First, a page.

An Overview of Erysipelas (St. Anthony's Fire)

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Erysipelas is a bacterial infection of the skin that typically involves the lymphatic system. Erysipelas is also known as St. Anthony's Fire, an accurate description given the rash's fiery intensity.

Prior to the introduction of antibiotics, erysipelas was a much-feared disease, especially in infants. It was identified far back as the 11th century, where it and a cluster of other diseases were collectively named after Saint Anthony, the patron saint of lost causes.


Erysipelas used to be found primarily on the face. However, it is now being seen commonly on the lower extremities. This is due to the prevalence of group A Streptococcus as opposed to the type that causes facial infection (Streptococcus pyogenes).

A range of symptoms typically precede the appearance of the rash by anywhere from four to 48 hours and can include:

  • Fever
  • Chills
  • Fatigue
  • Anorexia
  • Vomiting

The rash will appear soon after as a red, hot, shiny patch.

Erysipelas rash has clearly defined borders and has a textural consistency similar to that of an orange peel (which is referred to as "peau d'orange").

Erysipelas rash also causes:

  • Pain
  • Burning
  • Itching
  • Swelling
  • Red streaks emanating from the rash
  • Blisters (in severe cases)

Lymph nodes nearest the infection may also become swollen.


Erysipelas is most often caused by a specific type of bacteria known as group A Streptococcus. It can be caused less commonly by other types of streptococcus or staphylococcus bacteria.

Generally, a skin injury such as an abrasion, cut, or trauma allows the infection to enter into the skin. From there, it can rapidly infect and spread via the lymph vessels. Some cases of erysipelas start on intact skin and on parts of the body where the lymphatic system is obstructed.

Erysipelas is most common in infants and young children and in adults over the age of 60, but it can occur at any age.

Risk Factors

Anyone can be affected by erysipelas, however, there are certain factors that make it more likely to develop. These include:

  • Weakened immune system
  • Eczema
  • Athlete's foot
  • Venous insufficiency
  • Diabetes
  • Lymphodema (swelling of the arms or legs due to disrupted lymph flow)
  • Being overweight


Erysipelas is diagnosed mainly by the appearance of the rash, as it is so distinctive. Blood tests and skin biopsies generally do not help with the diagnosis.

In the past, saline solution was sometimes injected into the edge of the rash, drawn (aspired) back out, and cultured for bacteria. This method is not used anymore as most tests are either inconclusive or result in a false negative analysis.

If the symptoms are severe enough, blood may be drawn and cultured for bacteria to rule out sepsis (a potentially life-threatening event wherein the body’s response to infection causes damage to its own tissues and organs).

Erysipelas vs. Cellulitis

Erysipelas is very similar to cellulitis, though there are some differences. Most notably, erysipelas affects the upper layers of the skin, whereas cellulitis affects the lower layers of skin as well as the tissue beneath.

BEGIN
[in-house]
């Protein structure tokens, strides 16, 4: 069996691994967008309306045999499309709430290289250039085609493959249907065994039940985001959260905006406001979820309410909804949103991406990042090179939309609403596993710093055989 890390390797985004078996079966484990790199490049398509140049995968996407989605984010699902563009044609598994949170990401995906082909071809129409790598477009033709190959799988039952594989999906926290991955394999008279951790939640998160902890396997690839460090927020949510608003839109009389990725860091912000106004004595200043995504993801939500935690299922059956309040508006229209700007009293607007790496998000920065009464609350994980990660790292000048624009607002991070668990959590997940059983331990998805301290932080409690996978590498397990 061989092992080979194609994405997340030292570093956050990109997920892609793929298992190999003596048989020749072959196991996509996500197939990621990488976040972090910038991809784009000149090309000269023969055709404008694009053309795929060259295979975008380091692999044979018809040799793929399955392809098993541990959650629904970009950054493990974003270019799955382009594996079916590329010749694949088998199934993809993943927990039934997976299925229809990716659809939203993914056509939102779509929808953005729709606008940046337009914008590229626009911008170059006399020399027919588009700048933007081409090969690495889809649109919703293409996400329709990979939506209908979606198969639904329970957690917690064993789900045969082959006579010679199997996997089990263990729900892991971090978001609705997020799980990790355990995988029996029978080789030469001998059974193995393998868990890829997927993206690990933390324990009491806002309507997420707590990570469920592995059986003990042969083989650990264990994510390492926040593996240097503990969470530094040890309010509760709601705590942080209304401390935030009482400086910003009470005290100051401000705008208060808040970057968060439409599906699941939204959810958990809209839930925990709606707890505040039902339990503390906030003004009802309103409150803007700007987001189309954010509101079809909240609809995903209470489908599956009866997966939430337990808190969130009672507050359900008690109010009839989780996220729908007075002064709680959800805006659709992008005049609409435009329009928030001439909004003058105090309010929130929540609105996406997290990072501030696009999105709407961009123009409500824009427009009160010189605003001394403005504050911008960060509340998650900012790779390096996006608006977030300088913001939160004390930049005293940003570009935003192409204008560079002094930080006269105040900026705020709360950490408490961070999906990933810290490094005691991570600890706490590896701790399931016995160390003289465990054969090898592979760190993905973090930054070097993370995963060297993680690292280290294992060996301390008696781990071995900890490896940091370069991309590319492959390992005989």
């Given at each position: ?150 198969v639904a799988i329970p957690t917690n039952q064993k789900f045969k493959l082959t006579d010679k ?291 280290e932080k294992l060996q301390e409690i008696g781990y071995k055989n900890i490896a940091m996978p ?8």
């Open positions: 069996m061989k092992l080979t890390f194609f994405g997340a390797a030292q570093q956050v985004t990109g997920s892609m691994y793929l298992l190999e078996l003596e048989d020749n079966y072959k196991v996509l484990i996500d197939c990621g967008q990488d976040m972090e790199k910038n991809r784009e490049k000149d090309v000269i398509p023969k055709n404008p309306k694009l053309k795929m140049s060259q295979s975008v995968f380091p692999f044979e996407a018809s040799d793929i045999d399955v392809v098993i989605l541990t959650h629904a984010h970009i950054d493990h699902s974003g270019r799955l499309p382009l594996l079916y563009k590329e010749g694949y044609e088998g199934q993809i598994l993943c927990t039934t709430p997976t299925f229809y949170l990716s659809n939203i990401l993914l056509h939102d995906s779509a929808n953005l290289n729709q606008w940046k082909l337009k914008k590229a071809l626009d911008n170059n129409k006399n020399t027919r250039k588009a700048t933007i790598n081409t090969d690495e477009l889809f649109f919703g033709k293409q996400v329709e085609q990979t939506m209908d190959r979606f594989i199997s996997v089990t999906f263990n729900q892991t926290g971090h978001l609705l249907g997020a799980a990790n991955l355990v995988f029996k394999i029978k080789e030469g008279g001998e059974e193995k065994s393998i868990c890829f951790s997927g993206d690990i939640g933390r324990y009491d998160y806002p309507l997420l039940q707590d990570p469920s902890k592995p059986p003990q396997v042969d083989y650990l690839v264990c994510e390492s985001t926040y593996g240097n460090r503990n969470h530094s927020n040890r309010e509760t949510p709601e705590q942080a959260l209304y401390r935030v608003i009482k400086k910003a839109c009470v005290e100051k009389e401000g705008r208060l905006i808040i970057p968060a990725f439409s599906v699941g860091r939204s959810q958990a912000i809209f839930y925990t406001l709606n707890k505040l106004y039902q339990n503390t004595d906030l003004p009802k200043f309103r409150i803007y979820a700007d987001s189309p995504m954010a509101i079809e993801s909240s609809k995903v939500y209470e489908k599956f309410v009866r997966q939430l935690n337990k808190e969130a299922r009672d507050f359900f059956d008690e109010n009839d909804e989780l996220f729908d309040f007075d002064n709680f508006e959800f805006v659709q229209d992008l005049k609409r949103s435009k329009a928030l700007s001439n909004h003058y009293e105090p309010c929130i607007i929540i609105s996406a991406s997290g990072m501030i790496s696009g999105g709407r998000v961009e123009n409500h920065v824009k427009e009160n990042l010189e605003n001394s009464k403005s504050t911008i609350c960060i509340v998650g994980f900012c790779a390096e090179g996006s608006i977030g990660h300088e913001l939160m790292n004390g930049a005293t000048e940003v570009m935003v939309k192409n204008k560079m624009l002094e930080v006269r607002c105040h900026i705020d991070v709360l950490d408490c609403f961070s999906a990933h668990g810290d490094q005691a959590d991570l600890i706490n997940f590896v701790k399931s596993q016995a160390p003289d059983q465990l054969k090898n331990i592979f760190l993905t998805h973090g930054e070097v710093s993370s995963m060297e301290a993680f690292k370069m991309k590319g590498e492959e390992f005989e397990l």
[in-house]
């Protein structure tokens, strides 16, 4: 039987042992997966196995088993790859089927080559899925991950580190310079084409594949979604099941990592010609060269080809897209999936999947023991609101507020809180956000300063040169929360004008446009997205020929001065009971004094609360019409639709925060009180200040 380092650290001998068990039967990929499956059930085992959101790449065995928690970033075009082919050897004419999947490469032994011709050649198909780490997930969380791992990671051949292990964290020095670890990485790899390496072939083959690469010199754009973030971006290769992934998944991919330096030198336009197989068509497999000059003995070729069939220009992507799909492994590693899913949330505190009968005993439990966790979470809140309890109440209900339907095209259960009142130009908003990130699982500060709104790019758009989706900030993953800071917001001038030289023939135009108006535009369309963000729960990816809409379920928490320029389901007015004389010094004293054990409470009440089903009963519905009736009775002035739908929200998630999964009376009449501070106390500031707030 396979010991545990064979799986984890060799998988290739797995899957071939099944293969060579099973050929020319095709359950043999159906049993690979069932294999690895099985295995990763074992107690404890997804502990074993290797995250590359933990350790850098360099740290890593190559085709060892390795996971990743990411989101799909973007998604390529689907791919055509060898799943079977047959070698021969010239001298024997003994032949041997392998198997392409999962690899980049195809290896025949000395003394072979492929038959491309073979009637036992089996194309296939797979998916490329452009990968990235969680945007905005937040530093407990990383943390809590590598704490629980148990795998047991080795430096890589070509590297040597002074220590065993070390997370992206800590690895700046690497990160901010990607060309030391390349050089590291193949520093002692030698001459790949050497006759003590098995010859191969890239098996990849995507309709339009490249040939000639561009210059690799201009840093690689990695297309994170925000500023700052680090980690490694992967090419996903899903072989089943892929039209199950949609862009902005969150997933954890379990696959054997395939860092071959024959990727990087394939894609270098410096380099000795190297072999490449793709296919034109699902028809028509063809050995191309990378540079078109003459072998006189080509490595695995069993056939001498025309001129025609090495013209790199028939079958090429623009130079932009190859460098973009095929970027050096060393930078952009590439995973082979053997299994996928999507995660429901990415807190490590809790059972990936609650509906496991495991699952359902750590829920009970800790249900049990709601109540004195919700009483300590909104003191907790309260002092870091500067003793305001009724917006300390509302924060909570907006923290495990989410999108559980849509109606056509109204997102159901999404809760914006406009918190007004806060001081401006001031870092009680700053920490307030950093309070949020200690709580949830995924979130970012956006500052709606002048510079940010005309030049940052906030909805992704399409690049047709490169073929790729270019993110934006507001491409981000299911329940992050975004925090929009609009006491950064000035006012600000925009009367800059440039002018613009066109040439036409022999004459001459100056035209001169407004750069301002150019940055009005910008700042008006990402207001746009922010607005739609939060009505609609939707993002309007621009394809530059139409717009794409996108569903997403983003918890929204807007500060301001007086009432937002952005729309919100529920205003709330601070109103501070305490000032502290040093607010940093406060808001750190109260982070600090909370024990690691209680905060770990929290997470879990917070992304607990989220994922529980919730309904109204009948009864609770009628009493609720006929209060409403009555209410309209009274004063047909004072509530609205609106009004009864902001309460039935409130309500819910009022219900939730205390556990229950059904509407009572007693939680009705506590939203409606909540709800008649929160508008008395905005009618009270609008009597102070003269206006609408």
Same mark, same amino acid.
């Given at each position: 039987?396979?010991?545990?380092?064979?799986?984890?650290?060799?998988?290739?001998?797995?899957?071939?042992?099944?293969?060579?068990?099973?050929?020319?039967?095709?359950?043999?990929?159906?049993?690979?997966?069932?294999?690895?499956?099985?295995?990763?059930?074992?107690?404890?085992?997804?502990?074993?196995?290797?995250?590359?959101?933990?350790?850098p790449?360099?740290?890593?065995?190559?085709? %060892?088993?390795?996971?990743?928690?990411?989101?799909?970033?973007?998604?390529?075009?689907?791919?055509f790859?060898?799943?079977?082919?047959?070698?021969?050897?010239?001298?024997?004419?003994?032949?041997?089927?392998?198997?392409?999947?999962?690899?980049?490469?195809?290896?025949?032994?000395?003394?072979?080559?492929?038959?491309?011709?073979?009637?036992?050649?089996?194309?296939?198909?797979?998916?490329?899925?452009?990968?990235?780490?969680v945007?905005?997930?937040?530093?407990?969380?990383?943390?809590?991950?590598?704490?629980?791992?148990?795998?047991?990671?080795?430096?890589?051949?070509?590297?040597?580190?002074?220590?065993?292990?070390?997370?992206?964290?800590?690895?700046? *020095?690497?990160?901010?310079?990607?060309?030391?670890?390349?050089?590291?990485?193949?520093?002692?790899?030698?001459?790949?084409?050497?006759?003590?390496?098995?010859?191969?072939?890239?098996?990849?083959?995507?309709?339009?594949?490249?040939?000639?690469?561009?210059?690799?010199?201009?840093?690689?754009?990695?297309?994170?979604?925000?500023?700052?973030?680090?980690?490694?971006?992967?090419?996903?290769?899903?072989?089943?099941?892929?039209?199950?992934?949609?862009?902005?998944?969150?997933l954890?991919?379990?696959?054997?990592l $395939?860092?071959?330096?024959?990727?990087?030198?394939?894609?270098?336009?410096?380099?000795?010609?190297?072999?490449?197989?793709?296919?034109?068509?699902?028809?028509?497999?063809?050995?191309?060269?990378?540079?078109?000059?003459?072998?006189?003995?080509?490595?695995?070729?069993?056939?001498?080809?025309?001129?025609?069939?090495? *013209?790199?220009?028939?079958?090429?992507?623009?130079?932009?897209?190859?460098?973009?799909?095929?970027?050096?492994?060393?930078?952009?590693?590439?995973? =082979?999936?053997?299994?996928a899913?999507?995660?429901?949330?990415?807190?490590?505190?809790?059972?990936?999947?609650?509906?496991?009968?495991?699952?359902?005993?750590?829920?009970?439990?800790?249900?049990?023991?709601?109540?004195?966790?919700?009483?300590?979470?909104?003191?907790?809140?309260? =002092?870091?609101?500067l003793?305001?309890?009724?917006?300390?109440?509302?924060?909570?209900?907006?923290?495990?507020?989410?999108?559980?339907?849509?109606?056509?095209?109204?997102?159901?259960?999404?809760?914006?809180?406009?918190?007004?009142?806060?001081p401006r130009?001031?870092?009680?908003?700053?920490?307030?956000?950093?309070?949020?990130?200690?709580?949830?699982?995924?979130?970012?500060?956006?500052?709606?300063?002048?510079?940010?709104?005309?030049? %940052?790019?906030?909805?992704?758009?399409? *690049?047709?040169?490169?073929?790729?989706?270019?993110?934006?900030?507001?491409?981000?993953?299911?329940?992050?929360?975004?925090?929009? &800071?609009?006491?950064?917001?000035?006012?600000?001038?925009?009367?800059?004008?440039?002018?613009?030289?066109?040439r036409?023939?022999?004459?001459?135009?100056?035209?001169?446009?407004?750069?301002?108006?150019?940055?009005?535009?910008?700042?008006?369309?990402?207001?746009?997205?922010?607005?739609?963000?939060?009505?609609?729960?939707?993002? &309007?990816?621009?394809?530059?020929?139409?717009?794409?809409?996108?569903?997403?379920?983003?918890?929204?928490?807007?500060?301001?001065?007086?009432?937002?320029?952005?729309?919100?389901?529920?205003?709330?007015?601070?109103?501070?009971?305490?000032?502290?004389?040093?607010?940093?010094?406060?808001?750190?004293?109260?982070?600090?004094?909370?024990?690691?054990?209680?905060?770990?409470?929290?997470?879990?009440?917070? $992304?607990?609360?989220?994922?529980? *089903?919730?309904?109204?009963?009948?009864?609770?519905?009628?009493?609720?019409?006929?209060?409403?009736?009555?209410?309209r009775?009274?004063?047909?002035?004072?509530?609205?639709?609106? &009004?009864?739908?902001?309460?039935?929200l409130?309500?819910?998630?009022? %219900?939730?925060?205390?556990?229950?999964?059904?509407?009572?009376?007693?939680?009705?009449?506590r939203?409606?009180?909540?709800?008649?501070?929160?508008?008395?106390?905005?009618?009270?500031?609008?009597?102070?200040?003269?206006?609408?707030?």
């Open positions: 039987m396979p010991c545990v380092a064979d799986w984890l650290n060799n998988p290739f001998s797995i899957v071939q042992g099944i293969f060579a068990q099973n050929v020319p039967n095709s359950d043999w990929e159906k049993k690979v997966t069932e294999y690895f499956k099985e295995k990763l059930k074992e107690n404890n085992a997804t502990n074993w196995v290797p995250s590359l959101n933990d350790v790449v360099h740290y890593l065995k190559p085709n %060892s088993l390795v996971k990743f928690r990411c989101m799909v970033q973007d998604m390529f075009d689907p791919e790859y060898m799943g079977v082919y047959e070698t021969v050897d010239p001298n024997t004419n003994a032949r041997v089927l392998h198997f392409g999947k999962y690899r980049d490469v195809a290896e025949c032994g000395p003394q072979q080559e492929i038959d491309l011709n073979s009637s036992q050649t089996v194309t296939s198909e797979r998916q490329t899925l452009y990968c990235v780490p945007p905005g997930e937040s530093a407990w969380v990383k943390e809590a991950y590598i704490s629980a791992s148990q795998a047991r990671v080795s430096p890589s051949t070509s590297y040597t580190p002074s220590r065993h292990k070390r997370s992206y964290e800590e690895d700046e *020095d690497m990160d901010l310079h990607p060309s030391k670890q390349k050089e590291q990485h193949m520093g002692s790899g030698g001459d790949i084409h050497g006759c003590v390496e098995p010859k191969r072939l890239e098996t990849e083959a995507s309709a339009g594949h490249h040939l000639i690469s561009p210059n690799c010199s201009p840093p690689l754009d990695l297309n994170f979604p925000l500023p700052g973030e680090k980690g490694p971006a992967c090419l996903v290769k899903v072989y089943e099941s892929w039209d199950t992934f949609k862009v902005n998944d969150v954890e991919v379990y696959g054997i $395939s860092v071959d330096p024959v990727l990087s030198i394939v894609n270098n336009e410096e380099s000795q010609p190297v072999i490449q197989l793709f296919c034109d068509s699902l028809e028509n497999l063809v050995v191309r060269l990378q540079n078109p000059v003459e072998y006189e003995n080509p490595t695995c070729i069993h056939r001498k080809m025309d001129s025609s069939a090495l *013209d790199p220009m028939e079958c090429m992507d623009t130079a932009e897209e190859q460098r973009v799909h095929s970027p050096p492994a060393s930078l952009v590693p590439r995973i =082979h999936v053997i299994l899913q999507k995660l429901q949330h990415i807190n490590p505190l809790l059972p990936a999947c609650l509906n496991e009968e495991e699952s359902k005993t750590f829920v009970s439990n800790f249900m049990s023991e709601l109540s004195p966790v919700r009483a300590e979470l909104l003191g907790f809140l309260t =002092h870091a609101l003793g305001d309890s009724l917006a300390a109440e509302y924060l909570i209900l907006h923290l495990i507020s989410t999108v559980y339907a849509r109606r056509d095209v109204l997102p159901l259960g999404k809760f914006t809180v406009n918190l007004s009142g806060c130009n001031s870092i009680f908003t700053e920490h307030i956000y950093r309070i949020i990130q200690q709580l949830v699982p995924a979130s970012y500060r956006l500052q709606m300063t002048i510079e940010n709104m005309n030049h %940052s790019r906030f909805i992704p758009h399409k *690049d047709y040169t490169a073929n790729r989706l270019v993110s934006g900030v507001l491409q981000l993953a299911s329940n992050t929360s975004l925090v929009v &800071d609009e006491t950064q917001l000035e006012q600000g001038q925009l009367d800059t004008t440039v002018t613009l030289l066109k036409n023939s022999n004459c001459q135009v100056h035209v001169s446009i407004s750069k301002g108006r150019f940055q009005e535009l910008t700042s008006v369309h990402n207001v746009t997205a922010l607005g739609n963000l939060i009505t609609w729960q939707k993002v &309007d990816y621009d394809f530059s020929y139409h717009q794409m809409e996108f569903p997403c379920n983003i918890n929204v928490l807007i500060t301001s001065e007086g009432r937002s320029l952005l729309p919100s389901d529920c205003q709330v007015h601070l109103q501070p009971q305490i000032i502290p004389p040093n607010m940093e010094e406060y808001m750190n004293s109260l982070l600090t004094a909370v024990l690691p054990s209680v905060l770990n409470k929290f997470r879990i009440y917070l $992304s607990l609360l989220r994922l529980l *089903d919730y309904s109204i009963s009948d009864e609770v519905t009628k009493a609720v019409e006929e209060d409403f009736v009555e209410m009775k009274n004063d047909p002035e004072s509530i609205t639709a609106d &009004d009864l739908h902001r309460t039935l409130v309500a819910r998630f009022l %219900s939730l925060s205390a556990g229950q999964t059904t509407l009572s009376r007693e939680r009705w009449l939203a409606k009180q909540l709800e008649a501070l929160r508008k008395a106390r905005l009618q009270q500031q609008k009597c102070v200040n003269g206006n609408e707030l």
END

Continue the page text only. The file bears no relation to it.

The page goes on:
Cellulitis is typically slower to develop than erysipelas. The affected skin isn't as fiery red, nor does it have markedly-defined red borders.


Erysipelas is treated with antibiotics, which may include:

Most can be treated with oral rather than intravenous (IV) antibiotics. Any pain or discomfort can often be treated with rest, a cold compress, and elevation of the affected extremity.

However, in cases of sepsis (or where infections do not improve with oral antibiotics), IV therapy may be prescribed under hospitalization.

Even after the appropriate treatment of infection, erysipelas can recur in 18% to 30% of cases.

People who are especially susceptible to recurrence include those with a compromised immune or lymphatic system.

Because erysipelas is known the damage the lymphatic system (the system which transports immune cells through the body), the infection itself can increase the risk of recurrence. People with recurrent infections may need to be treated with a daily course of low-dose antibiotics.

A Word From Verywell

Erysipelas is a fairly common skin infection that, luckily, is easily treated in most cases and rarely leads to complications. Still, if you have symptoms of erysipelas, you should call your doctor right away. Quick treatment prevents the worsening of the condition and helps ease discomfort.

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Article Sources

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  1. Kozłowska D, Myśliwiec H, Kiluk P, Baran A, Milewska AJ, Flisiak I. Clinical and epidemiological assessment of patients hospitalized for primary and recurrent erysipelas. Przegl Epidemiol. 2016;70(4):575-584.

Additional Reading

  • Maxwell-Scott H, Kandil H. Diagnosis and management of cellulitis and erysipelas. Br J Hosp Med (Lond). 2015 Aug;76(8):C114-7. doi:10.12968/hmed.2015.76.8.C114

  • Michael Y, Shaukat NM. Erysipelas. In: StatPearls [Internet]. Treasure Island (FL): StatPearls Publishing; 2019 Jan-. Updated Feb 3, 2019.

  • Kirmani, N.; Woeltje, K.; and Babcock, H. The Washington Manual of Infectious Disease Subspecialty Consult. Lippincott Williams & Wilkins Publishers; 2012; ISBN 9781451113648.